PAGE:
13 January 2010

Rebuilding Haiti

The massive earthquake that Haiti suffered yesterday, close to its capital city Port Au Prince, combined with hurricane and flood related damage from two years ago, has left this country, with the lowest GDP per capita in the Western hemisphere, about ten million people, and about the land area of Massachusetts on half of the island of Hispaniola, with an infrastructure crisis.

Over the lifespan of the buildings that Haiti will construct to replaces those that have been destroyed in the last couple of years, it can expect another major earthquake (this is the third very bad one is a couple hundred years or so), and many serious hurricanes. Its low lying coastal areas are also at high risk of inundation as global sea levels rise in connection with global warming. The earthquake risk in a coastal area also implies a tsunami risk.

So, Haiti needs a rebuilding solution that is resistant to these multiple serious predictable future tragedies, and yet is also cheap. Given local economics, solutions that have high labor costs and low material and professional costs are favored over those that have proportionately low labor costs and high material and professional costs.

Also, in the wake of a devastating disaster that did great damage to government buildings, likely leaving public administration in disarray in a place where government corruption and inefficiency was already a problem, so any building codes or land use reforms need to be implemented in ways that have minimal red tape and easy enforcement.

What makes sense?

Two ideas that come immediately to mind are legal barriers to construction of two or more story structures, and barriers to construction at low elevations and in flood plains. These kinds of buildings are especially vulnerable, I suspect.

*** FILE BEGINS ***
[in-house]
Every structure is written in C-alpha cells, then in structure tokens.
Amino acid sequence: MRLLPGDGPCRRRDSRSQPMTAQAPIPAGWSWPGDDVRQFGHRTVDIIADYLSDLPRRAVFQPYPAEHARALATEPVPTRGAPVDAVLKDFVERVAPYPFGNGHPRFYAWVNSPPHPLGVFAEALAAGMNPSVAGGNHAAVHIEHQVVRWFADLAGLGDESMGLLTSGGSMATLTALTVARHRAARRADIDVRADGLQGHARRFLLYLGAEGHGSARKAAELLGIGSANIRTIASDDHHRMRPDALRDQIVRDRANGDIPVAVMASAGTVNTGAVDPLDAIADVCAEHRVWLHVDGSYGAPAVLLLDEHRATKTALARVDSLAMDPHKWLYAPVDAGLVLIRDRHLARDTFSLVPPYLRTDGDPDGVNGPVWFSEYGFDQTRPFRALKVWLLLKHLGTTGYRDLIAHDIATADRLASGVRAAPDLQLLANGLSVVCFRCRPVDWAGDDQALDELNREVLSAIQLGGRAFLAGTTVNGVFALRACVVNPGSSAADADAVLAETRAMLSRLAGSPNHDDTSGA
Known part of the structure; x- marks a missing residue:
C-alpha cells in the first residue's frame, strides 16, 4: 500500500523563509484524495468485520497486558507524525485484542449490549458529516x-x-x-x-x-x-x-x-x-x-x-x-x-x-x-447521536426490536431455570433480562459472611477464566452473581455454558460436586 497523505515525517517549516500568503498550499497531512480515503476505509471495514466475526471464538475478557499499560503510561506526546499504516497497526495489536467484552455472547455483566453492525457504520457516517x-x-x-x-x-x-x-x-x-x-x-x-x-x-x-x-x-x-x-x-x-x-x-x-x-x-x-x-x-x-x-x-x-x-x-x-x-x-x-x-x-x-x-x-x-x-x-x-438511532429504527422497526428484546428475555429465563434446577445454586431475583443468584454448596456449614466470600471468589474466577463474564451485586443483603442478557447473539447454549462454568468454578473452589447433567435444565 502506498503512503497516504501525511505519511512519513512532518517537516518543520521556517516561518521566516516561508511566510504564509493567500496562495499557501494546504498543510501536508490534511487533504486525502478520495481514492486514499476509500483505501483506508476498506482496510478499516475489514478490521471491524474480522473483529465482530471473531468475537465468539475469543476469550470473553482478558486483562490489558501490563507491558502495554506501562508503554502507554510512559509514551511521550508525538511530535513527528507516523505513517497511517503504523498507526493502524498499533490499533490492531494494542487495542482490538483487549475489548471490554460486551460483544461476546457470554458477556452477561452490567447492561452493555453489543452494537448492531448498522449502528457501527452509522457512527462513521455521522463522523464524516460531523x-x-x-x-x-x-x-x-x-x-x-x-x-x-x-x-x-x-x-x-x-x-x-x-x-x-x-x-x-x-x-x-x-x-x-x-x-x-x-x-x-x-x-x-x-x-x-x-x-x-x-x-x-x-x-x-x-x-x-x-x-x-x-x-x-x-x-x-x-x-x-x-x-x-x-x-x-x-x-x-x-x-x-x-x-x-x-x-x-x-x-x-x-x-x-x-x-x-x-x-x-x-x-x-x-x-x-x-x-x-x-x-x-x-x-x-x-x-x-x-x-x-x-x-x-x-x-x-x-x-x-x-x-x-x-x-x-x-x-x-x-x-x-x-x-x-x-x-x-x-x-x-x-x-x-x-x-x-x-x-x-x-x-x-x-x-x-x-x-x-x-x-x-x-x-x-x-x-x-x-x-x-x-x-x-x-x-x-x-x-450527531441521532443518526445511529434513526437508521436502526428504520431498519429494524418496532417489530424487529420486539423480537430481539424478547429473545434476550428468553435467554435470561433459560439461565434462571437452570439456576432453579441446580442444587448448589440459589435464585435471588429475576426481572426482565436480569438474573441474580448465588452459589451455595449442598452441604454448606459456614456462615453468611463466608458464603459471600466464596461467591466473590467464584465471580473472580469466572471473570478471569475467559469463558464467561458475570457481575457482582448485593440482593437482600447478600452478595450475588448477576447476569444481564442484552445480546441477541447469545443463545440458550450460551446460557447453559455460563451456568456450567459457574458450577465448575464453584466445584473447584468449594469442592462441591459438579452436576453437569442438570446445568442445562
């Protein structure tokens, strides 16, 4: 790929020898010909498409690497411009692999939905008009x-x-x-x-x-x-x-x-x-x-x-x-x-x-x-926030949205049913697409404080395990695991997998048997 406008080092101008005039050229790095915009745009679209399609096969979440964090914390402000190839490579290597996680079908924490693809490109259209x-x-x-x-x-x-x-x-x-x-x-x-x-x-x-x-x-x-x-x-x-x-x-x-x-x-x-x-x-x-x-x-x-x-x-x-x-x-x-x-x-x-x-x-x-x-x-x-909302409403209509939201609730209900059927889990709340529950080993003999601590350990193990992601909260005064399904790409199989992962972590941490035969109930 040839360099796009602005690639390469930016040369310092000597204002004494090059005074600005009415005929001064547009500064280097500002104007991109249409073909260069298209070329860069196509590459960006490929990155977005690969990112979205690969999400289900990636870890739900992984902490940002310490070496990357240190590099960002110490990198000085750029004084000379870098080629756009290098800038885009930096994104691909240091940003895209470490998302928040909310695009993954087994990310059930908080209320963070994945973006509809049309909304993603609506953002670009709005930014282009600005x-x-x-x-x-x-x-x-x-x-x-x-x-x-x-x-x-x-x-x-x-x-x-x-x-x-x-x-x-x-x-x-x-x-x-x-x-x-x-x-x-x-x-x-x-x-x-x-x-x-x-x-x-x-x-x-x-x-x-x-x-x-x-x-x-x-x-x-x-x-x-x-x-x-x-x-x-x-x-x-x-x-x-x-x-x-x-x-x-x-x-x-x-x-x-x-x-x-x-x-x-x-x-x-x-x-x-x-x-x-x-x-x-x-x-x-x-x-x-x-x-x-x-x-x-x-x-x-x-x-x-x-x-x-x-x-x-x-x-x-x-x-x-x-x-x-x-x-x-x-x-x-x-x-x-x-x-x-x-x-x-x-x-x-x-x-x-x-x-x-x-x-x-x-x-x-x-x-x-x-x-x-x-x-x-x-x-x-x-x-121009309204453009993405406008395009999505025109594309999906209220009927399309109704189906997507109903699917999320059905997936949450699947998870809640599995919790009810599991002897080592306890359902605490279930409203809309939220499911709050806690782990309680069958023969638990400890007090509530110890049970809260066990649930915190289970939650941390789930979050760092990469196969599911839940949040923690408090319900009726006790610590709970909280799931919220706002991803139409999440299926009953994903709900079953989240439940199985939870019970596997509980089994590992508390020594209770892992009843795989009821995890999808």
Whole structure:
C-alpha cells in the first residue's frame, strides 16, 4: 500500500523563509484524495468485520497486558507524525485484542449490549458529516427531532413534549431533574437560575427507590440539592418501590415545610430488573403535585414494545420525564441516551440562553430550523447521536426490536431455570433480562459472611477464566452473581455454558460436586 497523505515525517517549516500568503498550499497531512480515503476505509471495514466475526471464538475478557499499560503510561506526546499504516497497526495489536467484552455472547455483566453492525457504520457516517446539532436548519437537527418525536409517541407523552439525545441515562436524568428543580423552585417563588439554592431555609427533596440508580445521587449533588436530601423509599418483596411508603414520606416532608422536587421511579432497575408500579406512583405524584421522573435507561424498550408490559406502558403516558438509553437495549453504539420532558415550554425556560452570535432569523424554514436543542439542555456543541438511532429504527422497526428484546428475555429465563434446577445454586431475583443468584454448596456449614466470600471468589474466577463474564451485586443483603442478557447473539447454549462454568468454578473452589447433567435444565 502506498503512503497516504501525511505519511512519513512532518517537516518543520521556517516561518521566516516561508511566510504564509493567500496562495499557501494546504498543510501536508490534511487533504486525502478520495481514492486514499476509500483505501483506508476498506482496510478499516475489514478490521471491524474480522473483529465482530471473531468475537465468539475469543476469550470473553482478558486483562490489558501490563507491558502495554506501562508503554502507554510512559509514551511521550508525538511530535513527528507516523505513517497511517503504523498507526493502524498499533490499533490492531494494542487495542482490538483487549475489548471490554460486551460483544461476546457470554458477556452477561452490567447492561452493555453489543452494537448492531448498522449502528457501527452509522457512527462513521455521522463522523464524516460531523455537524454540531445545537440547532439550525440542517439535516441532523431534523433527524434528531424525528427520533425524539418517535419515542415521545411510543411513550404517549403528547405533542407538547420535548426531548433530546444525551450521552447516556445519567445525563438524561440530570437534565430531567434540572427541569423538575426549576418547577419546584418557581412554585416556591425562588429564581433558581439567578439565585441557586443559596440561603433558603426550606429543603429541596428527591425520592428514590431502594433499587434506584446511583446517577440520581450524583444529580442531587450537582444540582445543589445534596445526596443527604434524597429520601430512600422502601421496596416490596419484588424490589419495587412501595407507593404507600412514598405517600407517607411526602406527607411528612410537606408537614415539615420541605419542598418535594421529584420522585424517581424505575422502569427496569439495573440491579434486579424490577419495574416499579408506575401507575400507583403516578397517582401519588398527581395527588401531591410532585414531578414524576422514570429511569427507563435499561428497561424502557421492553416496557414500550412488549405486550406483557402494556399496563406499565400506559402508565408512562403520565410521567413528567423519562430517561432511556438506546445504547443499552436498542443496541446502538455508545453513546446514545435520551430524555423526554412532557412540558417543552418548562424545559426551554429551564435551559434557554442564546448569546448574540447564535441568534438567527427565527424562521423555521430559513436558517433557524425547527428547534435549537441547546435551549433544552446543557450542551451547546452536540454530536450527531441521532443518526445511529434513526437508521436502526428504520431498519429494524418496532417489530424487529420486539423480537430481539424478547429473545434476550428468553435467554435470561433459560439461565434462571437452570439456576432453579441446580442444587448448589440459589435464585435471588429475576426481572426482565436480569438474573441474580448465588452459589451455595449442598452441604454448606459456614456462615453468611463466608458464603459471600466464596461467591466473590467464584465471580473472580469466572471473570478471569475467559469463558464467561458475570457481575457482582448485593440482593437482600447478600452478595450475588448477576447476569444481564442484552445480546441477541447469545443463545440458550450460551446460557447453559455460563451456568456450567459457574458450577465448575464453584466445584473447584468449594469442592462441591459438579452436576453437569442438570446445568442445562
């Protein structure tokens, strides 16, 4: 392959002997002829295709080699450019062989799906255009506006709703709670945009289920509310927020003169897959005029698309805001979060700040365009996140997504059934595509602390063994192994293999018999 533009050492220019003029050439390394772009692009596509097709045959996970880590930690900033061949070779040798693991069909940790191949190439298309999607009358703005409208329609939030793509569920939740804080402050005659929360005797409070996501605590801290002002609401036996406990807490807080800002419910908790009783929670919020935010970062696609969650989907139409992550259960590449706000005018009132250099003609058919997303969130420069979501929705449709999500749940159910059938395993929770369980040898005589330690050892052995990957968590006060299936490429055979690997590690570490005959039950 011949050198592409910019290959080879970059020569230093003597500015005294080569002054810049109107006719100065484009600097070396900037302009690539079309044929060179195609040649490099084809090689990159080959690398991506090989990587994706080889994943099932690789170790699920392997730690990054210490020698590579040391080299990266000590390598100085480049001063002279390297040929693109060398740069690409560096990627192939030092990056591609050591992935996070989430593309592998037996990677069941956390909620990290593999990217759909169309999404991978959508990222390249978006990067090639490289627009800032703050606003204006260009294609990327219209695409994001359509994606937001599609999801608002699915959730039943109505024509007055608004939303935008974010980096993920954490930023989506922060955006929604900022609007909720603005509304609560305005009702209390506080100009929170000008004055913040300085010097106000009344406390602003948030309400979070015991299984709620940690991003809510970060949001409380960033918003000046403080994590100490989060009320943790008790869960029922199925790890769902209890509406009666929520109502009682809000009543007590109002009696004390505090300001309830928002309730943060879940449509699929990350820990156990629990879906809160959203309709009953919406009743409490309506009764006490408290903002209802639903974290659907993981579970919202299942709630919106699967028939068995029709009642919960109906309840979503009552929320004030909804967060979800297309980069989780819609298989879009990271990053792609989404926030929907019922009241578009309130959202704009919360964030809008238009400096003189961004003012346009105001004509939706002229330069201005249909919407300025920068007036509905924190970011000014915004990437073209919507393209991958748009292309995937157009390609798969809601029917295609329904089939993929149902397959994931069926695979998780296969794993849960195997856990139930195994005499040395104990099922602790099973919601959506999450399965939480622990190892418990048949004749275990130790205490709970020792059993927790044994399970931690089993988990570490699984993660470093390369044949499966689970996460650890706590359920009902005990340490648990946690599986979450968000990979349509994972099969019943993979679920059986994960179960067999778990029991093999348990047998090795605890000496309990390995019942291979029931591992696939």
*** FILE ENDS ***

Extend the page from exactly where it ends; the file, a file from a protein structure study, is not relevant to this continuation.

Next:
The legal barriers could be as simple as requiring these high risk buildings to be fully insured by a solvent insurance company in a long term contract, while allowing single story, low flood risk buildings to be built without proof of insurance. These limitations can be imposed with a map and elementary visual inspect of plans and a tiny amount of paperwork, while reducing the overall risks involved in the new construction. This also discourages high risk construction, if even part of the discouragement comes in the form of bribes to local officials rather than compliance with the actual rules, by making construction of this type more expensive.

So what about the low risk buildings? What kind of cheap, labor heavy, one story, simple design is least vulnerable to earthquakes and hurricanes?

I can imagine, at least, a couple of approaches. The historic Japanese/Polynesian approach, which is to build flimsy (almost disposable) housing and then to create save havens where people can take shelter, or a "build for the centuries" approach that makes simple but tough buildings with some give that allows them to survive earthquakes while resisting hurricanes.

The first approach fights earthquakes by being light enough to cause few injuries and trap few people if it collapses, and is intended to be defeated by and rebuilt following hurricanes which come with enough warning to allow people to seek shelter.

For the second approach I would imagine something like walls consisting of a thick sloping mounds of pebbles and dirt, lightly and not pressure packed, with an easily rebuilt stucco or plaster coating to keep out rain, wind and insects; windows arranged so that there are windowless areas to the structure for safety in hurricanes; and a relatively light, flexible material for a roof like bamboo perhaps.

But, I'd be curious to learn what is customary done in Haiti now, if anyone is looking at ways to build a better infrastructure for Haiti in the wake of these disasters, and whether Haiti will take any steps (legal or through market forces) to deal with these risks. I'd also be curious to see what has been done in similar places with high risks and similar concerns like Indonesia, the Philippines, India, Sri Lanka and Bangladesh.

I'm also curious how these disasters will impact the social structure of Haiti. Is it a nation where most people rent from a powerful class of landlords? If so, will those landlords be ruined now? Did they have insurance against this kind of disaster? Will tenants be able to escape leases? Will they want to or did they have favorable leases to start with? How will land tenure impact the character of redevelopment? Will it favor multi-story, but high risk tenement construction?

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